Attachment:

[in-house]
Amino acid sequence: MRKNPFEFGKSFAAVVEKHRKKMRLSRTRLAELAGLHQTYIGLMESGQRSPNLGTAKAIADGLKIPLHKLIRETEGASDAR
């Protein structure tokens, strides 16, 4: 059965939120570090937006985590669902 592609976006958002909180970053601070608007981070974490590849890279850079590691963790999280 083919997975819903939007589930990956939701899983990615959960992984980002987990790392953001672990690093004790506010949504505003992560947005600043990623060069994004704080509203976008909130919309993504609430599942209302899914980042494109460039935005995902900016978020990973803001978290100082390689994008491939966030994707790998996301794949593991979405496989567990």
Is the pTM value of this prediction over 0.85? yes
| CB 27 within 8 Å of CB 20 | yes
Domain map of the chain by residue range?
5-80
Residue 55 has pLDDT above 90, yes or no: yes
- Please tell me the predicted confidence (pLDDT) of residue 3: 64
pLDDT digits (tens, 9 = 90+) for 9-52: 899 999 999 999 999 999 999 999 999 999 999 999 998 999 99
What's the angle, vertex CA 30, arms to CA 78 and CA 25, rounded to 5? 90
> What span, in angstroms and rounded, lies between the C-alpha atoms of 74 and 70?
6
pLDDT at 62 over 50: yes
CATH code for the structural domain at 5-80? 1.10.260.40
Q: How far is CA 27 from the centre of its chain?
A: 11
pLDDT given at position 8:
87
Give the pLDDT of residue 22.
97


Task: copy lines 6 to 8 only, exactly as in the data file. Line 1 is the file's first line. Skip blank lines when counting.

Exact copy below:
Domain map of the chain by residue range?
5-80
Residue 55 has pLDDT above 90, yes or no: yes